Another Senate Democratic aide said environmentalists’ concerns about giving something for nothing are overblown, noting, “I don’t think it was necessary to hold [drilling] as a chip to play in the negotiations on climate change.”

The aide believes Obama’s plan could be seen as an act of good faith by Republicans, and that it still leaves space for Kerry, Graham and Lieberman to address coastal development.

But Snape argues the strategy is the wrong way to go. “It is astonishing that we are giving away things before a bill is even introduced, not to mention anywhere close to the Senate floor,” Snape said.

Obama’s drilling plan announced Wednesday includes eventual oil-and-gas leasing off the coast of mid-Atlantic and southeastern states – areas that until 2008 were covered by drilling bans.

In addition, it envisions expanded Arctic oil exploration off the northern coast of Alaska in the Beaufort and Chukchi seas (although it cancels several upcoming lease sales there to allow further study).

However, the plan places Alaska’s sensitive Bristol Bay region off-limits and does not call for leasing off the Pacific Coast.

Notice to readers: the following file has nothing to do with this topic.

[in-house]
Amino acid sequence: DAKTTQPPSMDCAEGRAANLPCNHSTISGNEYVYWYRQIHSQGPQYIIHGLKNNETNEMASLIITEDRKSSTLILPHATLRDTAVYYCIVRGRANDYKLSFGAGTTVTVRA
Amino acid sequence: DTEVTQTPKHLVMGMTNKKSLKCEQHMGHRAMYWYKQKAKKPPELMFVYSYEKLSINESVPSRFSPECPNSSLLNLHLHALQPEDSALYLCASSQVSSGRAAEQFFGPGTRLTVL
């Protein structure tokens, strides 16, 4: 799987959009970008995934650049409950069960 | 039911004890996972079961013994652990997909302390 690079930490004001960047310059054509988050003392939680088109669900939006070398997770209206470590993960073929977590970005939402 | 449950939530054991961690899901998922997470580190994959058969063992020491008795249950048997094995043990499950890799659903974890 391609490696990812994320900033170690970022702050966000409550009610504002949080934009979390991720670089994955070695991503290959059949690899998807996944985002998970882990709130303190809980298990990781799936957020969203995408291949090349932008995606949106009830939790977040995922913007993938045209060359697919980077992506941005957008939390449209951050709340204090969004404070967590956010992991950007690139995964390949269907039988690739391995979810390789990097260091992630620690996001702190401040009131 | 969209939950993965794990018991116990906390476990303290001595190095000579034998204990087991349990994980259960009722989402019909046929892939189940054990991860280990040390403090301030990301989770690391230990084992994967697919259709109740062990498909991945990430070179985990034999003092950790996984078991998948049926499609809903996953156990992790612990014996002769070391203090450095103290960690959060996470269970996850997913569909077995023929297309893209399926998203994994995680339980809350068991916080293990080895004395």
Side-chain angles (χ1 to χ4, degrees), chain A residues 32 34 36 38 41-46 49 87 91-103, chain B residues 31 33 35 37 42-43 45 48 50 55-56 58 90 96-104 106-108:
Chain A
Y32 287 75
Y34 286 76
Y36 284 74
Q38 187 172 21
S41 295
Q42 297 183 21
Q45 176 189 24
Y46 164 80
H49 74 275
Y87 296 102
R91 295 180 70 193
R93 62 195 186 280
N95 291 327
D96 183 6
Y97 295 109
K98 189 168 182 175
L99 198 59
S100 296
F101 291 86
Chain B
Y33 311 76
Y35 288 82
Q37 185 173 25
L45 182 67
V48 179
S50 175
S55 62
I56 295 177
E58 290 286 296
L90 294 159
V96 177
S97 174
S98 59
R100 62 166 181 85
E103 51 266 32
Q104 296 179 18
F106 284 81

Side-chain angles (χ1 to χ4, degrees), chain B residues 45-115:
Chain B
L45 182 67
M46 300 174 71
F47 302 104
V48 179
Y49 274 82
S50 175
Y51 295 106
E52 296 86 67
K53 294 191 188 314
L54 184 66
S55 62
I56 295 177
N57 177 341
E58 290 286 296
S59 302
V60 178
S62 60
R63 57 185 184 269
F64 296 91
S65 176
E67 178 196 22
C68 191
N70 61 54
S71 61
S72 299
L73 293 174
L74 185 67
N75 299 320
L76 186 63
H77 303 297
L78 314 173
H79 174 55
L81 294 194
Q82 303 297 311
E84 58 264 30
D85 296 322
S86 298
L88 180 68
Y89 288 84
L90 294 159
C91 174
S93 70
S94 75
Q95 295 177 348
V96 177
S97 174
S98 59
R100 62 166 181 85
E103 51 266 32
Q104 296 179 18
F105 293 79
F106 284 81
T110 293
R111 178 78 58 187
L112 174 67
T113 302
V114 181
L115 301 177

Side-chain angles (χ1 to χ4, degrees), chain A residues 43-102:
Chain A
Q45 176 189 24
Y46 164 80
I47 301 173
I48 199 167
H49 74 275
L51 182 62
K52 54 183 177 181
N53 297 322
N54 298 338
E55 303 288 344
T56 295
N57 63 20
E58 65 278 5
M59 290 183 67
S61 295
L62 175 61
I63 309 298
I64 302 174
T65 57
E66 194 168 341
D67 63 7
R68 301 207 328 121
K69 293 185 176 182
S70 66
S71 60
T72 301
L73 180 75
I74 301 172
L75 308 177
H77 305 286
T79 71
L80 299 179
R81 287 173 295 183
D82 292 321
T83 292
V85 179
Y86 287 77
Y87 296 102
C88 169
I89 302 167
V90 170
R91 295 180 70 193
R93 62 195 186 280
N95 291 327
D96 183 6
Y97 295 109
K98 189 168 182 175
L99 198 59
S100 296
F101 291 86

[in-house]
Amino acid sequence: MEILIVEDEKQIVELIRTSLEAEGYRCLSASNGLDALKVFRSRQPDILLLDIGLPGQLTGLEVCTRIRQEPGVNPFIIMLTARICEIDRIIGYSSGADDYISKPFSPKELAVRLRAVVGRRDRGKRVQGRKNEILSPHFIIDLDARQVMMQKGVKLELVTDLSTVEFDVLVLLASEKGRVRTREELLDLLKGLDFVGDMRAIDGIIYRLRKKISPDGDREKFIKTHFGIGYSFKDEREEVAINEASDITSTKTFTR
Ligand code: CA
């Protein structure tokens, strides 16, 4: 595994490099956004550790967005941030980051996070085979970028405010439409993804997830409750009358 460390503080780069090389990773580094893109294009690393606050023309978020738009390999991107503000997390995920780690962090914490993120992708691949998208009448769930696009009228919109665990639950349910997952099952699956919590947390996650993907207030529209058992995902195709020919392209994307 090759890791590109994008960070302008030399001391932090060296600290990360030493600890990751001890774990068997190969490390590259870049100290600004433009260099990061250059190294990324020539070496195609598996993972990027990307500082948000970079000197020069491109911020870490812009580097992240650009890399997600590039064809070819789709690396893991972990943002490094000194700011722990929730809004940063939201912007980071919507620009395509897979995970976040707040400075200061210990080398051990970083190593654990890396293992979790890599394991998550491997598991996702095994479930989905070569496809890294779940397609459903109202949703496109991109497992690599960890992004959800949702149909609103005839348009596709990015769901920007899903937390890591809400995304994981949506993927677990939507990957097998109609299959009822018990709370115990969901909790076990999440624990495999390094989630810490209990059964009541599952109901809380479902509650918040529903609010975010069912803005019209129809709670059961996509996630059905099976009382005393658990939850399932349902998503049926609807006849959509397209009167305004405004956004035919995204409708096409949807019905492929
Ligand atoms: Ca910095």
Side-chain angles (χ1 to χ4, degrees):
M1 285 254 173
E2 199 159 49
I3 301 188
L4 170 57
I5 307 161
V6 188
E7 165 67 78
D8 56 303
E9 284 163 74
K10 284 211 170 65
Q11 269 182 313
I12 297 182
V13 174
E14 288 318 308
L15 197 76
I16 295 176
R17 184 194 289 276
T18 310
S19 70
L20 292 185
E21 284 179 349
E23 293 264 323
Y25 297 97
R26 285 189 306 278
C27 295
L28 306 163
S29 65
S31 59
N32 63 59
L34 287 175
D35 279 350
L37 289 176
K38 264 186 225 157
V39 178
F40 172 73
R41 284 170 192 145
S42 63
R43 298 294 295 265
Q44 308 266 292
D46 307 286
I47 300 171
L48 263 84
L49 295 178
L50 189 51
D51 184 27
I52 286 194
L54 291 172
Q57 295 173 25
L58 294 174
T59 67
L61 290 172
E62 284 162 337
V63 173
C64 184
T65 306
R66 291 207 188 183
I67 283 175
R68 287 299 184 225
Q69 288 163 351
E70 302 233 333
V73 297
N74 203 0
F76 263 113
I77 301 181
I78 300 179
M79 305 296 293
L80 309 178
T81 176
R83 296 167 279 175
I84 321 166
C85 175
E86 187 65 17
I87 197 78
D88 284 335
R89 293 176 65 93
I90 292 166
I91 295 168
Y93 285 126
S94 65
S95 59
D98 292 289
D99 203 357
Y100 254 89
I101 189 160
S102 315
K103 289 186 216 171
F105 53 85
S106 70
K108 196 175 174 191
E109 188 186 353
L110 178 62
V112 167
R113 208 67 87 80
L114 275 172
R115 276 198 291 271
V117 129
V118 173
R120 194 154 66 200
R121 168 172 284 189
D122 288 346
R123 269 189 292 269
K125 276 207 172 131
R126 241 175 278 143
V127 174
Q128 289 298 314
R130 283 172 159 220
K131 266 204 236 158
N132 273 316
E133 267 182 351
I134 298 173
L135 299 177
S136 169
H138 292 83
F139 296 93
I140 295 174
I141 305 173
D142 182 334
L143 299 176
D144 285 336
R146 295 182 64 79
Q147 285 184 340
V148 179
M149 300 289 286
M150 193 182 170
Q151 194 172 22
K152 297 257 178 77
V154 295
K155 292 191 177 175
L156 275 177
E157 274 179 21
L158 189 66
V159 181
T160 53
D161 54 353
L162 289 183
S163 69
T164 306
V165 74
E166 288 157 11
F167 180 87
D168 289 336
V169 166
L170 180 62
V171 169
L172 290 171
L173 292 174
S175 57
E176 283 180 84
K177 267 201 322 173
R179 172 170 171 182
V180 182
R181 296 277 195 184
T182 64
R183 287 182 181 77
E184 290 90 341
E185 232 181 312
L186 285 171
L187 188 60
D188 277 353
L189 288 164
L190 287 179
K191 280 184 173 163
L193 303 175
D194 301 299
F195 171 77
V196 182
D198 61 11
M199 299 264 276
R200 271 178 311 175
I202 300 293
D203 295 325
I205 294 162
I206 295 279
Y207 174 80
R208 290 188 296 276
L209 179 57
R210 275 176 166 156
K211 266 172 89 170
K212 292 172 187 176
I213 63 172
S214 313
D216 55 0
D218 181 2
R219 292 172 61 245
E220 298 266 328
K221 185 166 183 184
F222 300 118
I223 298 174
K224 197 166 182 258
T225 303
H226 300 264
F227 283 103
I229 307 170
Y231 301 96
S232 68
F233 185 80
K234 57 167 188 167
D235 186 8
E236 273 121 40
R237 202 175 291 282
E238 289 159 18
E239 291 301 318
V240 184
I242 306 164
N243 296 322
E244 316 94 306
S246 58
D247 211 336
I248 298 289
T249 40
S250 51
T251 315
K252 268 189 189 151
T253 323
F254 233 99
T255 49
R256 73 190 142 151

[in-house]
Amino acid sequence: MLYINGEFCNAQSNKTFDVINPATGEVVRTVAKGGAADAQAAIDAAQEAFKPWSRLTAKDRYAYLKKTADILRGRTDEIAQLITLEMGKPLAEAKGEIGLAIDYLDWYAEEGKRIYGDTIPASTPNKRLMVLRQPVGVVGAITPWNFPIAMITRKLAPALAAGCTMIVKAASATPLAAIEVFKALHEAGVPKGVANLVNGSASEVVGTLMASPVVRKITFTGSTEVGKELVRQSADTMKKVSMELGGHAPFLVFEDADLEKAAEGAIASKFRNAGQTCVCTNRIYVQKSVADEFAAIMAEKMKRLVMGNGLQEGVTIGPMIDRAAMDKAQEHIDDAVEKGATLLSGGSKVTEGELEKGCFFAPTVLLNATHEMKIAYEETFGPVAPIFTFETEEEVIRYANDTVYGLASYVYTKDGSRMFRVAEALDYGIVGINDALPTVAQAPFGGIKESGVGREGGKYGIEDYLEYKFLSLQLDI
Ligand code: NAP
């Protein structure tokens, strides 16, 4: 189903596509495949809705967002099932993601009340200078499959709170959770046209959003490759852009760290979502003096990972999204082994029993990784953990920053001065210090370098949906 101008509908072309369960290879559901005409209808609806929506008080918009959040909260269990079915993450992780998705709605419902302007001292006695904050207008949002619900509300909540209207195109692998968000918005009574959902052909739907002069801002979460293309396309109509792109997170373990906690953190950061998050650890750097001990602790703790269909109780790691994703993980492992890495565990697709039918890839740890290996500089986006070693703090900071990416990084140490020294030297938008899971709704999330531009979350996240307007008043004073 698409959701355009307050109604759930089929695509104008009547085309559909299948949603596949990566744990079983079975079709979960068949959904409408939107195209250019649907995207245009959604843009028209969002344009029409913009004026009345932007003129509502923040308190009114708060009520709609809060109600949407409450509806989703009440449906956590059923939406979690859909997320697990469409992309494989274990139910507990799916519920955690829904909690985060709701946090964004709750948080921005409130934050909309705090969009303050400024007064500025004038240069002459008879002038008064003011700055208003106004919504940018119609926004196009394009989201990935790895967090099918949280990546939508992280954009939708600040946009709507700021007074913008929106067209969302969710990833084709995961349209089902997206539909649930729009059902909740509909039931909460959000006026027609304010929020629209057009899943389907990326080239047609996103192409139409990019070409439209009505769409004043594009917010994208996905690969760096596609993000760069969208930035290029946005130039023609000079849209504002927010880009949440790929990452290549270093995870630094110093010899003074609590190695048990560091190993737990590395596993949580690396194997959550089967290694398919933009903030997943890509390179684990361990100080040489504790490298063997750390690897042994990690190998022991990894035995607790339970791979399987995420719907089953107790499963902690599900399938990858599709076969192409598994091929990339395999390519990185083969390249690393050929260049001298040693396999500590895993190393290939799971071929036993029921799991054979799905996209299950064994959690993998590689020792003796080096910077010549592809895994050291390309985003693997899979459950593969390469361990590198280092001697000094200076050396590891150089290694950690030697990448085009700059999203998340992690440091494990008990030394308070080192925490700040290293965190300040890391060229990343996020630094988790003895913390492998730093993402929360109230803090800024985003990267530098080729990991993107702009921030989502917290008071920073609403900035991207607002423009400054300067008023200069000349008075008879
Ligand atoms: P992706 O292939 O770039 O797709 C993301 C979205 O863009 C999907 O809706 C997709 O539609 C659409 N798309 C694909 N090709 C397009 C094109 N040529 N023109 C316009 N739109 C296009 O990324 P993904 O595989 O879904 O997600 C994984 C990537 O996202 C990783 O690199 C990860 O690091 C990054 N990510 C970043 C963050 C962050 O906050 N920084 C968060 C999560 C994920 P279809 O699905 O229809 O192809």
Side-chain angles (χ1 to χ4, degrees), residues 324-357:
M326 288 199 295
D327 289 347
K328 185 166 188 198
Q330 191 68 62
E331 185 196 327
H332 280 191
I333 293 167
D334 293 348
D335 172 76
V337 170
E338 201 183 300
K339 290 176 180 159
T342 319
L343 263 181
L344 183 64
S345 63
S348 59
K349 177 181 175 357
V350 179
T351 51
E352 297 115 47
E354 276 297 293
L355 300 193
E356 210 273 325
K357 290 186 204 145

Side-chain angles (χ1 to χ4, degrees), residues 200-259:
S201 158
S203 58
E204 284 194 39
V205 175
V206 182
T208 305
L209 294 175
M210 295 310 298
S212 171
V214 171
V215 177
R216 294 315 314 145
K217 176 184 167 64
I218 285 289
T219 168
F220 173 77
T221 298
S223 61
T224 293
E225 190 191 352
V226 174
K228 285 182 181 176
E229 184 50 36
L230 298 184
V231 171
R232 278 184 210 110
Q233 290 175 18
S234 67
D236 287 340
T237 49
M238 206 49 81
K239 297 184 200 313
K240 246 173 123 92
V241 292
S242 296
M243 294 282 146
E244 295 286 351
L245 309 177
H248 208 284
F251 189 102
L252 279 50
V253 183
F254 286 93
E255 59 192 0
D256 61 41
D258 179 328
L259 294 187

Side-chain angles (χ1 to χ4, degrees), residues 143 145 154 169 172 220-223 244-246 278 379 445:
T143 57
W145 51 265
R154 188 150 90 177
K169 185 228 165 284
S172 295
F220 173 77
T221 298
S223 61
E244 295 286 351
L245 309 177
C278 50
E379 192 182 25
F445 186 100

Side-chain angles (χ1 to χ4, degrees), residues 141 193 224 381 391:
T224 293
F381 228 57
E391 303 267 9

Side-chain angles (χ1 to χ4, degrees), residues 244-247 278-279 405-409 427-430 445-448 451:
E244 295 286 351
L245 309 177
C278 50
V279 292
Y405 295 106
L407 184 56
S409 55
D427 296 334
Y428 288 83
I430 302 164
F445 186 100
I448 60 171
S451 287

The White House, for its part, dismisses the idea that Obama’s drilling move is a negotiating tactic on climate at all.

“The president’s policy wasn’t a matter of horse trading over what he thought he could get out of this or that,” White House spokesman Bill Burton said Thursday. “It was driven by what he thought was the right policy for a comprehensive energy policy that puts our country on the right path towards more renewable energy, less dependence on foreign oil, and creating jobs of the future in the 21st century.”

Click here to see a map that describes the Obama administration's Alaska offshore drilling strategy.

Click here to see a map that describes the Obama administration's Atlantic Coast and Gulf of Mexico drilling strategies.